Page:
by: Ilse Strauss
Monday, 13 March 2023 | The Middle East is a region where the unexpected is often the norm. In a prime example of such a surprise shift in the status quo, on Friday long time regional rivals Saudi Arabia and Iran reached an agreement to reestablish relations.
The Chinese-brokered treaty signals one of the most fundamental shifts in Middle Eastern politics in recent years. It brings to a close seven years of hostilities between the Sunni kingdom of Saudi Arabia and the Shiite powerhouse that have threatened regional stability and fueled the fires of war and strife in neighboring nations like Yemen and Syria. As part of the deal, Riyadh and Tehran will reopen respective embassies and missions and implement security and economic cooperation agreements inked more than 20 years ago.
The Middle East is also a region where major events are like boulders tossed into a small pond, with the ripple effect touching everybody, including Israel. And the renewed friendship between the Saudis and Iran is no different. So what is the implication of the Riyadh–Tehran pact for Jerusalem?
There can be no doubt that the deal comes as a disappointment to Israel. Jerusalem and Riyadh do not have diplomatic relations, but the Jewish state has been holding out hope that the Kingdom would follow in the footsteps of the United Arab Emirates, Bahrain and Morocco to establish ties with their Jewish neighbor.
While rumors regarding the possibility of Israeli–Saudi peace deal waxed and waned, Riyadh has remained firm that recognition of Israel hinges on a two-state solution with the Palestinians. Friday’s deal does, however, lay those rumors to rest once and for all.
Israel’s desire for a Saudi peace partner is fueled by a host of benefits, including trade, economy, tech and so forth. However, the driving force behind Jerusalem’s courtship of Riyadh is strengthening a regional alliance against what used to be a mutual enemy: Iran. Yet Saudi Arabia’s act of turning its back on Israel in favor of its former foe—and Israel’s arch foe—can arguably be interpreted as a message to the Jewish state.
According to Saudi analyst Aziz Alghashian, the idea of an Israeli–Saudi peace deal to fortify a regional front against Iran has always been “superficial,” the Agence France-Presse reported.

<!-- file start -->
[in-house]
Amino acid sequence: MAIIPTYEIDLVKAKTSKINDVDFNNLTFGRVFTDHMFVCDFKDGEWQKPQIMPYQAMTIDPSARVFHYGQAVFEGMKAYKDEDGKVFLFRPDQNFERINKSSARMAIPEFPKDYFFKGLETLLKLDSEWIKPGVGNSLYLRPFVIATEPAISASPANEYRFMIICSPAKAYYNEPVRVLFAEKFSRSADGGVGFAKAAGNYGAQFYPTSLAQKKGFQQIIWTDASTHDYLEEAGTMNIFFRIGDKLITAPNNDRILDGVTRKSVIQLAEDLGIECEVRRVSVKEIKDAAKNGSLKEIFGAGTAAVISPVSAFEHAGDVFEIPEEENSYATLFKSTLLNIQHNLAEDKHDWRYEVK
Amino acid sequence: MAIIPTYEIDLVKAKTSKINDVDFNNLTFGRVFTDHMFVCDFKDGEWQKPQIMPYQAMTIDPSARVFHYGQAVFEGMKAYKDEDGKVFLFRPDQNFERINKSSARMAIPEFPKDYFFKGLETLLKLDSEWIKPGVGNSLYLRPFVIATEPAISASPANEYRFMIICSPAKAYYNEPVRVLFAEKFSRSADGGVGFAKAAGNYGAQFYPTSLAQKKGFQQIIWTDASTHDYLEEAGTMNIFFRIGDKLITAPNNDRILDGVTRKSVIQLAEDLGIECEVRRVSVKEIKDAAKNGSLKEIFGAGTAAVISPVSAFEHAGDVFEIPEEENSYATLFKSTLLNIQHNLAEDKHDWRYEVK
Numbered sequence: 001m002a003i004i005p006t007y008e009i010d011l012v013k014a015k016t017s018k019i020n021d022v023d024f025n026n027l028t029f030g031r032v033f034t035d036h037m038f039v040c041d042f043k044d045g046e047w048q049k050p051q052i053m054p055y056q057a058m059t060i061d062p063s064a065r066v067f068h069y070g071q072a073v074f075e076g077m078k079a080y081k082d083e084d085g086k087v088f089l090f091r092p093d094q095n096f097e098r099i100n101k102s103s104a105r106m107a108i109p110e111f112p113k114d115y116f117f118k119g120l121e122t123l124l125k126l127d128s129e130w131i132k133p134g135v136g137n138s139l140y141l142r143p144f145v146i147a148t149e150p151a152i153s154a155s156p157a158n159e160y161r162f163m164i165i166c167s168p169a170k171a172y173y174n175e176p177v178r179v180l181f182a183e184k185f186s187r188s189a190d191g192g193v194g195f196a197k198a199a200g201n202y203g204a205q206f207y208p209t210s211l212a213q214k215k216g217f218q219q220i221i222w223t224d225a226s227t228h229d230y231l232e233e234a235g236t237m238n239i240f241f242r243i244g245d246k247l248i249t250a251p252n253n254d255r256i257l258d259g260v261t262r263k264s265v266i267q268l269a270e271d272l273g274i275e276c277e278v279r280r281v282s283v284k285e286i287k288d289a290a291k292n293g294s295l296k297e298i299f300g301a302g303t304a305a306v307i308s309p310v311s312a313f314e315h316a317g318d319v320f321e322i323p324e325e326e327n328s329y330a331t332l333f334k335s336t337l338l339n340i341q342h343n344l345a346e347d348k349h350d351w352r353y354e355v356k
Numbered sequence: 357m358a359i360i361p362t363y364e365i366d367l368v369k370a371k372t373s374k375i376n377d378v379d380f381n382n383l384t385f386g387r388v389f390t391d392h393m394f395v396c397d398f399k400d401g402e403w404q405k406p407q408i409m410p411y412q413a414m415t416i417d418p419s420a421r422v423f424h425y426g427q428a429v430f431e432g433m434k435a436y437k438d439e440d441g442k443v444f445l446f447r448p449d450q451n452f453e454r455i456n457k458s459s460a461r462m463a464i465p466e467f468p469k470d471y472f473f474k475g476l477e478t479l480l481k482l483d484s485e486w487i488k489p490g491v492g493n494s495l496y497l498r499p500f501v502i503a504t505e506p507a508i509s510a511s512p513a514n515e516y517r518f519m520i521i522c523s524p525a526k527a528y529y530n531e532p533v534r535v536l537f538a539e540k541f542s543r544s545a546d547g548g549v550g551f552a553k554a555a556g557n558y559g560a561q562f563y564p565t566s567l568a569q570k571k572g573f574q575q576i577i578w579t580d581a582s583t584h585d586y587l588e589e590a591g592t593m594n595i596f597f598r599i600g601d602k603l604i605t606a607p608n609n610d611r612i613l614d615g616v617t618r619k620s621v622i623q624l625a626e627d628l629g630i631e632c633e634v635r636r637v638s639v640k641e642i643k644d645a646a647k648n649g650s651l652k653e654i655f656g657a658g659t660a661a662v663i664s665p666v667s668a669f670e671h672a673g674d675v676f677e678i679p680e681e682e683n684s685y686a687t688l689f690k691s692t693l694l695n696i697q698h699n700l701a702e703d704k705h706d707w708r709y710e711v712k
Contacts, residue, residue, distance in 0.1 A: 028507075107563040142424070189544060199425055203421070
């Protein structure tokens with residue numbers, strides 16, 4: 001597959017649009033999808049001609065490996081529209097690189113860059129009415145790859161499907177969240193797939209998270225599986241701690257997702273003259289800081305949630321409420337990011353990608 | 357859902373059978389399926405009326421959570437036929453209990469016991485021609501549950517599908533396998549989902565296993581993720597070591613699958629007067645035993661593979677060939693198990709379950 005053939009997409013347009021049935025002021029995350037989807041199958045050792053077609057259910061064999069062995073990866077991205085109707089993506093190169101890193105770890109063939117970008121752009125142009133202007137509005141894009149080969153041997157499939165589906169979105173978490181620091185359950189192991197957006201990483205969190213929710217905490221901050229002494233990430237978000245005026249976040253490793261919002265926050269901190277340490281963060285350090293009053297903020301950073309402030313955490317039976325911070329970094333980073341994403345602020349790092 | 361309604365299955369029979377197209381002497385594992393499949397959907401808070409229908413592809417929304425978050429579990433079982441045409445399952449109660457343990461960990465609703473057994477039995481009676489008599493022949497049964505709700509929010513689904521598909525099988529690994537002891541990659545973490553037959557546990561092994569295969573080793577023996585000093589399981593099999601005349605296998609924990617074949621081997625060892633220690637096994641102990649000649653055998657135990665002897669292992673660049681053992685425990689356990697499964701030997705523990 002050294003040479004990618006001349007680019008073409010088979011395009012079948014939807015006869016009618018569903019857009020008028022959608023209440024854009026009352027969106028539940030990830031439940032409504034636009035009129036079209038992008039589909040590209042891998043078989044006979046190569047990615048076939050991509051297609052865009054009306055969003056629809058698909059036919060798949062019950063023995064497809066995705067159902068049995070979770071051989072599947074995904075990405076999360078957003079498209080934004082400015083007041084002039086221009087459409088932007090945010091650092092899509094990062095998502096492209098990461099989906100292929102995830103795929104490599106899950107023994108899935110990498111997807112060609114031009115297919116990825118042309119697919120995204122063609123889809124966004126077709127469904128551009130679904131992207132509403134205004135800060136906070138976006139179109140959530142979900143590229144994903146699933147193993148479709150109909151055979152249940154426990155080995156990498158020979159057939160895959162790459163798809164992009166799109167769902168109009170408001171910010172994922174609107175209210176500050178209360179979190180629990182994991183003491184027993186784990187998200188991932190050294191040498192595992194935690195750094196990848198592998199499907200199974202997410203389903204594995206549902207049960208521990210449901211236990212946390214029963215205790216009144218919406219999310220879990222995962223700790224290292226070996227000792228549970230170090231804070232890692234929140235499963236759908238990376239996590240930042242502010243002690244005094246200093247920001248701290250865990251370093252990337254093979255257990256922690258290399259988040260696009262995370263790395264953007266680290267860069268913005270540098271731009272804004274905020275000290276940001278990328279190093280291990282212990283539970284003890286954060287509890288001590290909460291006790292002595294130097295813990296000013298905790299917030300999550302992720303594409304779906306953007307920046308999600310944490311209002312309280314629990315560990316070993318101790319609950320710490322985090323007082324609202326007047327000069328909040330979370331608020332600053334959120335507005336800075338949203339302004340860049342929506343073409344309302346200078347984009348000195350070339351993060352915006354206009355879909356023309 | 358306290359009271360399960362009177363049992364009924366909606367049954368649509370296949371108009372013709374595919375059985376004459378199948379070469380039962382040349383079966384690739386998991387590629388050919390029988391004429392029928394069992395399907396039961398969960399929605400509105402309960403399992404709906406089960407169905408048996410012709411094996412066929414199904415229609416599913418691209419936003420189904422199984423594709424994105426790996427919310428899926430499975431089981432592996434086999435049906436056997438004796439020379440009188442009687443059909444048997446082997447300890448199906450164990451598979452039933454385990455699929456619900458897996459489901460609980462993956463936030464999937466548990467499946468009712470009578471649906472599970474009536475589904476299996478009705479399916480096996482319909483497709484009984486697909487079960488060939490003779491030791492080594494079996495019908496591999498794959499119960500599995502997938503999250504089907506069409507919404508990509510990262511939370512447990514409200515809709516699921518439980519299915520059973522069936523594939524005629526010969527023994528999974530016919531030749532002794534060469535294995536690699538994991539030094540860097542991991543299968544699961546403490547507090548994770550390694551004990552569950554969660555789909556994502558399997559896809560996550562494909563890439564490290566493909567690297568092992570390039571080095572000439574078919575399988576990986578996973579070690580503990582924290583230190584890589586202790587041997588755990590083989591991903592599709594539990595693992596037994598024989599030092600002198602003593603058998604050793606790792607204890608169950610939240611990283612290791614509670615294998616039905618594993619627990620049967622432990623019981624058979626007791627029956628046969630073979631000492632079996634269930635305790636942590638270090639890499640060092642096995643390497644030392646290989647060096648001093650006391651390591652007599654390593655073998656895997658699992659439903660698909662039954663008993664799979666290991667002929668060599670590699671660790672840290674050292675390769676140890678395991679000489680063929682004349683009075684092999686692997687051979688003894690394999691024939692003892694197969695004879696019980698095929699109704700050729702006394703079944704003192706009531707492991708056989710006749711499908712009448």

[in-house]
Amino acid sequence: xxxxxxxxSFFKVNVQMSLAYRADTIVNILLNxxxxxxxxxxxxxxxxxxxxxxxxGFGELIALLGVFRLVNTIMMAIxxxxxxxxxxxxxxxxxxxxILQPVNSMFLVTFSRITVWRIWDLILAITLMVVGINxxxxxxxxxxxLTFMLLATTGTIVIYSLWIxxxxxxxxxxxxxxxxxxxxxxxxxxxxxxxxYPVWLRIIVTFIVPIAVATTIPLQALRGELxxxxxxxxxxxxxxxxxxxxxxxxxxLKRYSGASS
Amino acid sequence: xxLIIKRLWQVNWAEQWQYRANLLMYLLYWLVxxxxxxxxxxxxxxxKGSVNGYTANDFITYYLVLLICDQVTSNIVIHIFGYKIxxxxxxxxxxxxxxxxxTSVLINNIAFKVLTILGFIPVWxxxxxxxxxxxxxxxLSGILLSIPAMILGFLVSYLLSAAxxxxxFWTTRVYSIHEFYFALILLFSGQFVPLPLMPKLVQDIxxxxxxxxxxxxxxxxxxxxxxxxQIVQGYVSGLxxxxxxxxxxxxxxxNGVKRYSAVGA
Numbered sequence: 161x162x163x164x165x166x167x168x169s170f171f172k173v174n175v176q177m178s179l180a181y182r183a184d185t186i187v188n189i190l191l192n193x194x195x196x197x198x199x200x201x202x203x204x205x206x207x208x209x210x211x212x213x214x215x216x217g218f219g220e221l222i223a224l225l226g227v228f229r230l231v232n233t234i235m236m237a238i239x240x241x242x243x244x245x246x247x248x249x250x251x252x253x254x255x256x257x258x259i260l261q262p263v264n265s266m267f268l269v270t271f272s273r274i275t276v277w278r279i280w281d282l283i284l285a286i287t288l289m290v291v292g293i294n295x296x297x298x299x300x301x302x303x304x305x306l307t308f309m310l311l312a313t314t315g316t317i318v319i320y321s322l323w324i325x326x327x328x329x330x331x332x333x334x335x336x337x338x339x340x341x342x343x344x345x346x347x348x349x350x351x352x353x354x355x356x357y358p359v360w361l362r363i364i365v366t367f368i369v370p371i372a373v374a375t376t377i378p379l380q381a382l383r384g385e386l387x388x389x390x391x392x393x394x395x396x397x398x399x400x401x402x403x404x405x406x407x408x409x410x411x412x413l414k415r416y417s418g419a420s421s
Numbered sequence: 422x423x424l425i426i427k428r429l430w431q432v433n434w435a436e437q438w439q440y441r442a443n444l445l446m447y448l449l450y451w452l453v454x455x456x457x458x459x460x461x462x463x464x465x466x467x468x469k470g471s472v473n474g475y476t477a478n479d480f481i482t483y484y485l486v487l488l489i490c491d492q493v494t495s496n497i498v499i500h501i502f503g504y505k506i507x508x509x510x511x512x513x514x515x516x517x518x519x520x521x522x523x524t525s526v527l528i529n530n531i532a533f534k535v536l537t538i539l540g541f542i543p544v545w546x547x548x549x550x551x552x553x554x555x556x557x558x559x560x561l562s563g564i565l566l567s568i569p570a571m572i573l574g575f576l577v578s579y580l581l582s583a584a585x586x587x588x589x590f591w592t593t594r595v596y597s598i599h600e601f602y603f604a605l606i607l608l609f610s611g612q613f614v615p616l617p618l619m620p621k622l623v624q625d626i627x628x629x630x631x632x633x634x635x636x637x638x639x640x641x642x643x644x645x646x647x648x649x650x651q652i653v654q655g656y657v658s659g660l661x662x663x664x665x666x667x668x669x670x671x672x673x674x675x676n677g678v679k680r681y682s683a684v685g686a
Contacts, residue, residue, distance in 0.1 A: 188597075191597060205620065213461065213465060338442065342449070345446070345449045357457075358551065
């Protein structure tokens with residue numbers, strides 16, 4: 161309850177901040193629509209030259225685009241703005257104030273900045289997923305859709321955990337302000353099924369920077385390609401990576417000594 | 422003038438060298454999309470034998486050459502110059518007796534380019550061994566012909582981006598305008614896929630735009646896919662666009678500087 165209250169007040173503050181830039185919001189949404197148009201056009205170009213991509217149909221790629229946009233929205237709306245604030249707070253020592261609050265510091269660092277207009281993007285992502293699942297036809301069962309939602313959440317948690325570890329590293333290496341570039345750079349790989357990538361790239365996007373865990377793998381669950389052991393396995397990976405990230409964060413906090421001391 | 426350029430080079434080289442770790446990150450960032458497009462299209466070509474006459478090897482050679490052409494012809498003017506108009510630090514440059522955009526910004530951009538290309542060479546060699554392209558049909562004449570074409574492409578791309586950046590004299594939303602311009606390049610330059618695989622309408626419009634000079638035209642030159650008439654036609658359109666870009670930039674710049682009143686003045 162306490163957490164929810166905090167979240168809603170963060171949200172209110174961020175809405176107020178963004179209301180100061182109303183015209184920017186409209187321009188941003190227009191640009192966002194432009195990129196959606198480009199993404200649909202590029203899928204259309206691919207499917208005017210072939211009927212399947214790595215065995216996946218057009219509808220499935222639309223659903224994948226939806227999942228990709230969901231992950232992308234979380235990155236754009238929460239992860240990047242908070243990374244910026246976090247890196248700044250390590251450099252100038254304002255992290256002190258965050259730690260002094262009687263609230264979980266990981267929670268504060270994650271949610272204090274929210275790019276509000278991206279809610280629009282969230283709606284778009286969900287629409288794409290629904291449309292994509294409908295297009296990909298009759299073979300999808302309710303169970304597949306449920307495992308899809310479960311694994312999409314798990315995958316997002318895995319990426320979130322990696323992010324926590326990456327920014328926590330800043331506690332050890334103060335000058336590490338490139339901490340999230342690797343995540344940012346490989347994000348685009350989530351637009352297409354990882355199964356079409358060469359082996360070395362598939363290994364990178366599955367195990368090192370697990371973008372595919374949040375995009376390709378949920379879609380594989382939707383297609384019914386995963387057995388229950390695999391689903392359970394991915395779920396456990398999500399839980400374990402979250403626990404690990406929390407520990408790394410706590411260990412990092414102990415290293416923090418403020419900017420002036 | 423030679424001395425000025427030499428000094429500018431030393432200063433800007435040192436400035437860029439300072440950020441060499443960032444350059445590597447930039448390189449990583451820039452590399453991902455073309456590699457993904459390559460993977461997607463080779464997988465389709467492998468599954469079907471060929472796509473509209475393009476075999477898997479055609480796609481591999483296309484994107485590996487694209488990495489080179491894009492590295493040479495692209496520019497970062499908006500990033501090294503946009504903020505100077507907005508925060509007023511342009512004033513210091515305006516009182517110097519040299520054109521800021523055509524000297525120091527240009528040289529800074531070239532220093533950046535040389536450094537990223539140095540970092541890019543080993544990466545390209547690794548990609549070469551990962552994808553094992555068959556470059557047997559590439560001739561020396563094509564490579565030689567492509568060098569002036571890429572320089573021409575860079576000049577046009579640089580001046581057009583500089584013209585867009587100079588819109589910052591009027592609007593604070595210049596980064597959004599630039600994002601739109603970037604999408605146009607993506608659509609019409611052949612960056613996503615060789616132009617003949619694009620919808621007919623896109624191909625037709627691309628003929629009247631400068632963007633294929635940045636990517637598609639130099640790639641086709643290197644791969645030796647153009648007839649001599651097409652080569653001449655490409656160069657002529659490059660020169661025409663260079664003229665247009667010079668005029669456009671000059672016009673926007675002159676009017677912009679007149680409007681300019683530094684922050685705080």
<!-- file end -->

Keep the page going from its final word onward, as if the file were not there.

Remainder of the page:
“This idea of ‘the enemy of my enemy is my friend’—Saudi has seldom operated in that way, especially not strategically,” the AFP quoted Alghashian as saying. Friday’s deal, he says, clearly shows that “Saudi Arabia has prioritized a rapprochement with Iran over an overt rapprochement with Israel.”
While the chances of a formal agreement in the near future remain slim, the freeze between Jerusalem and Riyadh is not absolute. In fact, the Jewish state and Arab kingdom have enjoyed covert cooperation for the past few years, with a step up in the last months. Recently, a number of Israeli journalists were granted approval to visit Saudi Arabia. At the same time, Riyadh opened its airspace to “all carriers,” including Israel’s. And in October, the Arab Israeli head of an Israeli bank visited a Saudi investor forum and hailed the opportunities in the kingdom as “amazing.” Then, late last week, the Wall Street Journal reported that the Saudis were willing to normalize ties with Israel in exchange for the US providing security pledges and help to build its civilian nuclear program, both demands to which the US would arguably not agree.
Ironically, a day after the Wall Street Journal’s claim, Saudi Arabia did sign a normalization agreement, but not with Israel.
So what does this boil down to? The deal between the Saudis and Iran leaves Israel isolated as it seeks to rally regional support against its arch foe and perhaps more importantly, as it threatens military action against the mullahs’ race to the nuclear bomb.
“It’s a blow to Israel’s notion and efforts in recent years to try to form an anti-Iran bloc in the region,” Yoel Guzansky, an expert on the Persian Gulf at the Institute for National Security Studies, an Israeli think tank, told AP News. “If you see the Middle East as a zero-sum game, which Israel and Iran do, a diplomatic win for Iran is very bad news for Israel.”
The bottom line? As the unexpected continues to bring surprise shifts in the status quo in the Middle East, only one thing remains certain. Therefore, we join with Christians around the world as we pray for the peace of Jerusalem (Ps. 122:6).
Posted on March 13, 2023
Source: (Bridges for Peace, March 13, 2023)
Photo Credit: Noah/commons.wikimedia.org
Photo License: wikimedia
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